While data breaches have dominated the news cycle, The Wall Street Journal’s “Risk and Compliance Journal,” reports that fraud is actually much more common, even if it generates fewer headlines.

6-28-2012.png?width=300In the fiscal year ending March 31st, 2015, instances of retail fraud averaged a 94% increase from the prior year when calculated by average loss of revenues. Industry reaction to this news has been relatively predictable: as many companies have decided to devote a higher percentage of their budget to preventing fraud. However, the cost of blindly applying risk mitigation activities has resulted in an unacceptable 1.32% reduction in total revenue. Indiscriminately applied screening and cookie cutter control implementations means more red flags, and more red flags means more time and resources expended evaluating potential problems.

The inability for organizations to manage the risk-reward trade-off related to their fraud detection and prevention strategies has resulted in inefficient mitigation activities, more false alarms, unnecessarily harassed customers, and ultimately has translated into less revenue.

Why Best Practice Risk Assessments are Needed

To both prevent fraud and maintain high efficiency levels, organizations need to adopt a best practice risk assessments and frameworks to first identify and assess the risks they face on a daily basis. By prioritizing controls with more effective risk assessments, red flags that are in actuality benign won’t waste time and money.

So why have these bad-for-business, knee-jerk relations been implemented? Visibility is the answer. Data breaches are very often news-worthy because of their potentially major implications and headline value, they’re the classic high impact, low likelihood risk. Fraud, in contrast, occurs incrementally and has a cumulative effect, meaning there is usually no single, cataclysmic event that captures everyone’s attention, but the results can be equally devastating to the business.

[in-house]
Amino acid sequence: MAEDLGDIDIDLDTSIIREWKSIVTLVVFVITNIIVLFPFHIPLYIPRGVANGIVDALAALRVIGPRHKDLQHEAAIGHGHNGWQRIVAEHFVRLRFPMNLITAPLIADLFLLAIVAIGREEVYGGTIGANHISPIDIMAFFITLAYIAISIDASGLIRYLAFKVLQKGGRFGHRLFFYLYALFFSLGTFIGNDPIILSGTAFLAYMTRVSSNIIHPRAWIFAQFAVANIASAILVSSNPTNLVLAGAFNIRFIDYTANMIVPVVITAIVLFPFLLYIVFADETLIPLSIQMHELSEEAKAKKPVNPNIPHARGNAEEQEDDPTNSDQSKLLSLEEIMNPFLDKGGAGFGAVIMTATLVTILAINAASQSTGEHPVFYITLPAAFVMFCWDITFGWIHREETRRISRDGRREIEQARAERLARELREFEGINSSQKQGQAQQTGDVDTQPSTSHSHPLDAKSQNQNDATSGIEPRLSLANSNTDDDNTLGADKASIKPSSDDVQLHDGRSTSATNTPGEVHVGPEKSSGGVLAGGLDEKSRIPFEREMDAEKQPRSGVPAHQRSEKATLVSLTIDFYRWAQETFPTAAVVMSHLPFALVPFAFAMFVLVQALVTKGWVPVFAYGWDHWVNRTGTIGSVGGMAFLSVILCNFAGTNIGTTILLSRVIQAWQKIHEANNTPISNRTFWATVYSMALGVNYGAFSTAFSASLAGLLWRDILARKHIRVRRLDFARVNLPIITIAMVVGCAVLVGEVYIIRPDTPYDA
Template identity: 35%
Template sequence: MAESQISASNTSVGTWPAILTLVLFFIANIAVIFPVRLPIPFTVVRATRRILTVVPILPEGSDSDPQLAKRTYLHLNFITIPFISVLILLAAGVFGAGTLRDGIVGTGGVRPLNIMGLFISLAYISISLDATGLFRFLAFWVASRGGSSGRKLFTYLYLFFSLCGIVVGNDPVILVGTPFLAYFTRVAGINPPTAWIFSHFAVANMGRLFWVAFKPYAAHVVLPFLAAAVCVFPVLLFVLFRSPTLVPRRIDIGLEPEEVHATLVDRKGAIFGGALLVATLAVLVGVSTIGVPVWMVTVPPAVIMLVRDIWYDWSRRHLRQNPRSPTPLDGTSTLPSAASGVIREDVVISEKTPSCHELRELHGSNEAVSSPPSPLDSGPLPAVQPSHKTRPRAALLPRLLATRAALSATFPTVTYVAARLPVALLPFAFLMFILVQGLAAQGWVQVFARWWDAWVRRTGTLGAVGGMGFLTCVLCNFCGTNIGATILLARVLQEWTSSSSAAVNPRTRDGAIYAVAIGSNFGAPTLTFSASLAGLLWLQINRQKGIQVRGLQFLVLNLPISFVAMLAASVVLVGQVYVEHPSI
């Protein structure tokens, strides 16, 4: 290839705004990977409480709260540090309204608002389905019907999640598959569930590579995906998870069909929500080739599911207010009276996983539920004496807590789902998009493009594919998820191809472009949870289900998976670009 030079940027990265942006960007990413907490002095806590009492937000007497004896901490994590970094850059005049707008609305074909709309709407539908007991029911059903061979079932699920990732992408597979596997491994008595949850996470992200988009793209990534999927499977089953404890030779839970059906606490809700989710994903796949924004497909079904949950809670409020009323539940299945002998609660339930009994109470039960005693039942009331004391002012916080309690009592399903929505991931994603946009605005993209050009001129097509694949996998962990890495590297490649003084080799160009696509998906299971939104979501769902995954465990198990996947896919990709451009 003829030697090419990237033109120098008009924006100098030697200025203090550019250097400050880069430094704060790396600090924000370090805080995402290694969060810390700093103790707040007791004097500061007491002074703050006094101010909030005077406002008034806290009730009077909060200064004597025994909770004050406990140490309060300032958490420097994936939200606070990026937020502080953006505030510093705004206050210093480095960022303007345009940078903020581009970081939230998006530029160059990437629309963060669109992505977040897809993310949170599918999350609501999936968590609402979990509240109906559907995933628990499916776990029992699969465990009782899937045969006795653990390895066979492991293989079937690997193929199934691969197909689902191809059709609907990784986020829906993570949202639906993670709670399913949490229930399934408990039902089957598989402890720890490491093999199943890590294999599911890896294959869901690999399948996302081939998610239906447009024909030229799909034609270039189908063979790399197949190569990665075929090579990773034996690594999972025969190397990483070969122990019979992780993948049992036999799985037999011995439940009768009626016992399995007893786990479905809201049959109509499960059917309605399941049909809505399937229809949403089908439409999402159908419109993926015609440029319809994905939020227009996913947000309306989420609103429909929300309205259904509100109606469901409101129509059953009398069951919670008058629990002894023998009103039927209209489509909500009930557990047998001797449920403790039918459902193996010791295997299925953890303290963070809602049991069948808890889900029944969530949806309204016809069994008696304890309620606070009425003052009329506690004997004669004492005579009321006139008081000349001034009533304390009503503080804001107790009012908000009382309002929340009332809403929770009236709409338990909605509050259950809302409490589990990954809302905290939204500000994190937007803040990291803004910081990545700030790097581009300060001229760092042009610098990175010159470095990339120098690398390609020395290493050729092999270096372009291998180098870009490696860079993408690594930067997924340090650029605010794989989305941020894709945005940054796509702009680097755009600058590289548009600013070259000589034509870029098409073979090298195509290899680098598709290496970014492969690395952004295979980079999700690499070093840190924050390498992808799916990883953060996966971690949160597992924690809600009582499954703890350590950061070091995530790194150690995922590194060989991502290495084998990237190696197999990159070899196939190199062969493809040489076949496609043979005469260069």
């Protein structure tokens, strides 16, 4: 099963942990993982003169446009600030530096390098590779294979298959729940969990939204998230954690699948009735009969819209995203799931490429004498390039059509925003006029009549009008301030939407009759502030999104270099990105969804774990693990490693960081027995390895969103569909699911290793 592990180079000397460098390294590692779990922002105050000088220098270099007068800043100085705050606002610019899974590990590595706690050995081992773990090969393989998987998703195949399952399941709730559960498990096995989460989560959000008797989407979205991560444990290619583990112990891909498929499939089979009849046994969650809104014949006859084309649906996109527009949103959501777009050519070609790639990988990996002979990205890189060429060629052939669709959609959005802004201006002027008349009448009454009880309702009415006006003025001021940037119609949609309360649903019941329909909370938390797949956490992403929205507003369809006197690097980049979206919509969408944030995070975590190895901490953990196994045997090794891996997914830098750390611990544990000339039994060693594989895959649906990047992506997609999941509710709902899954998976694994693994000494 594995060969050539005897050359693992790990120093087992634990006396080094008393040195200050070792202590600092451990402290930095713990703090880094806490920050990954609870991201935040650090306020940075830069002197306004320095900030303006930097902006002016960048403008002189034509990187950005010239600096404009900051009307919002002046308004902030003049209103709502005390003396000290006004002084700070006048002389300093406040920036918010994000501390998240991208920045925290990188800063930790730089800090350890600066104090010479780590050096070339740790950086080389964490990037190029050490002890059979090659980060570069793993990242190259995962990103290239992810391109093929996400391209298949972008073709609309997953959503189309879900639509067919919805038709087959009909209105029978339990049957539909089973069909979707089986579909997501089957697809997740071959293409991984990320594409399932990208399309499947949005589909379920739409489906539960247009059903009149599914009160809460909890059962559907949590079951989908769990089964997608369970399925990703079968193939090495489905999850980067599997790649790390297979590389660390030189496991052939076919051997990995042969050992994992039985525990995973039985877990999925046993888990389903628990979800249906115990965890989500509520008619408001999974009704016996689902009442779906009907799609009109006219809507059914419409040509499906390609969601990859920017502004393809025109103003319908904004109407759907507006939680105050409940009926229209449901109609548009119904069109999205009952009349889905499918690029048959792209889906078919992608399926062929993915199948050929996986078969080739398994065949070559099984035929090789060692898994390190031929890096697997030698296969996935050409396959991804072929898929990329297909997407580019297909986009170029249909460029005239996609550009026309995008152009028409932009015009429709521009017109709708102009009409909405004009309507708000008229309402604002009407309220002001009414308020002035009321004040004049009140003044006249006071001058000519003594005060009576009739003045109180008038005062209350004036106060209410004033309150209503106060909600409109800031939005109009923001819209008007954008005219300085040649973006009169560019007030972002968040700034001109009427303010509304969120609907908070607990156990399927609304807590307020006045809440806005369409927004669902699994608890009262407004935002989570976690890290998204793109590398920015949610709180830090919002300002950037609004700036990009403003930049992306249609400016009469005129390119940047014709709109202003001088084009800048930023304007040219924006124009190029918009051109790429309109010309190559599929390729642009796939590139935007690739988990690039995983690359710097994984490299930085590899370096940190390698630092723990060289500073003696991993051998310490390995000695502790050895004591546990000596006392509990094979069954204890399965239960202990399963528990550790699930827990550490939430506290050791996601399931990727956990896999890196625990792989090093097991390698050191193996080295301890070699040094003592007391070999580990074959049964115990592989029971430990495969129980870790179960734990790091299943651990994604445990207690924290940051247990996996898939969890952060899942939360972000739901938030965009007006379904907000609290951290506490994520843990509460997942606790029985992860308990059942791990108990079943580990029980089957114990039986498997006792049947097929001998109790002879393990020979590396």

The conclusion? Fraud, even though it doesn’t necessarily culminate in a bang like a big data breach can, poses just as much of an organizational threat. The numbers show that attempting to mitigate cybersecurity and fraud without first adopting and conducting best practice risk assessments, will lead to increased inefficiency. The first step to minimizing fraud is using a root-cause risk library to prioritize and escalate concerns across business silos.


To learn more about identifying specific risks and aggregating information at the strategic level with best practice risk assessments, download our popular eBook, “5 Steps for Better Risk Assessments.”

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Steven Minsky, CEO and Founder of LogicManager, is a recognized thought leader in risk management. Steven is well known for his precinct abilities to guide organizations through future risk events. Steven is a frequent speaker in the Energy, Financial Services and Cyber industries. While the first wave of COVID-19 caught many organizations by surprise, Steven predicted the pandemic impacts in January of 2020 and swiftly published action plans to help organizations prepare.

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  • Unless & until, the risk assessment goals are defined in accordance with the organizational objectives, till such time it may amount to playing in the dark. Also, the Risk Assessment Policy in place plays a greater role in determining the areas that need to be concentrated upon to evaluate the threats/risks and to understand the vulnerabilities in the business. Awareness has to be created for fraud prevention within the set up. Frauds cannot be predicted. Frauds happen when detected. Therefore, Best Practices for Risk Assessment play an important role in many ways and also help in enhancing revenues as areas causing income leakage can be identified. I have observed that in banking industry, Risk Based Internal Audit (RBIA) has helped to a larger extent thereby enhancing efficiency and profitability since it ensures as to how best the Best Practices in Risk Assessment are implemented.

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